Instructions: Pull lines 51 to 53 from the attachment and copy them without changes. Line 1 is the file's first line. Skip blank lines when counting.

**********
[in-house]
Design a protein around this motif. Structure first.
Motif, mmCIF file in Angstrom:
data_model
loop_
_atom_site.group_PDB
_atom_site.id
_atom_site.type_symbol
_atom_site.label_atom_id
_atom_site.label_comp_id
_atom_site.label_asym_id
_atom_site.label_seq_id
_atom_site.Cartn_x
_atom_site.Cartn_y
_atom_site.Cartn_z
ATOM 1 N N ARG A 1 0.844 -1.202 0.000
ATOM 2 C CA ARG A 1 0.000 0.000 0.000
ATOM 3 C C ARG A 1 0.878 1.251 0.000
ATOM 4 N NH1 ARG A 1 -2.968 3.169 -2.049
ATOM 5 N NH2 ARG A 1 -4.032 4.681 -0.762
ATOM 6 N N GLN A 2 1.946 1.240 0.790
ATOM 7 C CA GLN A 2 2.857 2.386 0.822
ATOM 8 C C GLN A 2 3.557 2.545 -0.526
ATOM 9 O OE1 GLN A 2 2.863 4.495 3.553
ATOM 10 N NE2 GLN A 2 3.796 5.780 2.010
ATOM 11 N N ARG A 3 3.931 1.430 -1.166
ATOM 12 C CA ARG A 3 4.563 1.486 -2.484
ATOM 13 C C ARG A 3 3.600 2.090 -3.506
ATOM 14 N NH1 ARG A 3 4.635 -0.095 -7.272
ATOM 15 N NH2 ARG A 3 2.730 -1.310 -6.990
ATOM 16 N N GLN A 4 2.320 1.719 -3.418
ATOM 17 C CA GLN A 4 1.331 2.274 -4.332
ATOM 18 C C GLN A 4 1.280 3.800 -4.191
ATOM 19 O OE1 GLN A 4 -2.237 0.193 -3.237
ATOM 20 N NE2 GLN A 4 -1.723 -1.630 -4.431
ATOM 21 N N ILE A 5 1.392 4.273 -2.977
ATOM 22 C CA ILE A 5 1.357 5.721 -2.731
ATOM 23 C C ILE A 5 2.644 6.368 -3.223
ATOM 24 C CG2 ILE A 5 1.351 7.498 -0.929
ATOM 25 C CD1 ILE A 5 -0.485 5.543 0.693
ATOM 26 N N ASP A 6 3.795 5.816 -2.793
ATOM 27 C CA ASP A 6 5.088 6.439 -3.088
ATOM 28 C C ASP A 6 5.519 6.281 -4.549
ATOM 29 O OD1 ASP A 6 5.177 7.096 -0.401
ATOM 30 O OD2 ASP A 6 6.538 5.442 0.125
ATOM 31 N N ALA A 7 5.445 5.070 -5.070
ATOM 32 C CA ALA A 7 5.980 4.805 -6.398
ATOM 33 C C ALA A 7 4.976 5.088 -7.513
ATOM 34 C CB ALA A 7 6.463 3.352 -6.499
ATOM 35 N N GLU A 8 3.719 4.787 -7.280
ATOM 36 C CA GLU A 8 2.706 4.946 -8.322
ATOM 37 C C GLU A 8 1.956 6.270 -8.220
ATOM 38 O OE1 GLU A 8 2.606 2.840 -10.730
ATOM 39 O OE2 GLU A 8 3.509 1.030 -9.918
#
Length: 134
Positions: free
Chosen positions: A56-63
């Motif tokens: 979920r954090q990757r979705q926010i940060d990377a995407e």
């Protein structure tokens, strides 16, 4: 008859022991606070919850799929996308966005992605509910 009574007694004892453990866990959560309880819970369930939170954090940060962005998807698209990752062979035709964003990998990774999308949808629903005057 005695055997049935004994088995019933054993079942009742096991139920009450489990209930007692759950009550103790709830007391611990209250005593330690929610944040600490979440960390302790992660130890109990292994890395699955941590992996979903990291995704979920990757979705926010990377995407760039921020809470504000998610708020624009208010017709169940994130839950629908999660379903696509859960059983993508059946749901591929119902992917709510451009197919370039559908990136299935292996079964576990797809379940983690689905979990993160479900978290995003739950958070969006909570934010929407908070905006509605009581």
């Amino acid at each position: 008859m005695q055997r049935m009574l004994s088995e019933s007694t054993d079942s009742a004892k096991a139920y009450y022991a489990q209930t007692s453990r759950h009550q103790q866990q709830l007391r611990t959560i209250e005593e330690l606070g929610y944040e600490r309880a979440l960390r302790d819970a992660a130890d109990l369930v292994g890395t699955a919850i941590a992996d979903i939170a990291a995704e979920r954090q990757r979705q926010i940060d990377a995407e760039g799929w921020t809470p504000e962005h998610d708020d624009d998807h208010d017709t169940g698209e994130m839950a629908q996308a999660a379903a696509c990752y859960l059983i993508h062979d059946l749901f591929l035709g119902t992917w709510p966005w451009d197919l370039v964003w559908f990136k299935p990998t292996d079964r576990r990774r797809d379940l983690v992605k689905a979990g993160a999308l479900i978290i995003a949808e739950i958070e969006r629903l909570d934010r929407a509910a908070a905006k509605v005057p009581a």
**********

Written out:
ATOM 36 C CA GLU A 8 2.706 4.946 -8.322
ATOM 37 C C GLU A 8 1.956 6.270 -8.220
ATOM 38 O OE1 GLU A 8 2.606 2.840 -10.730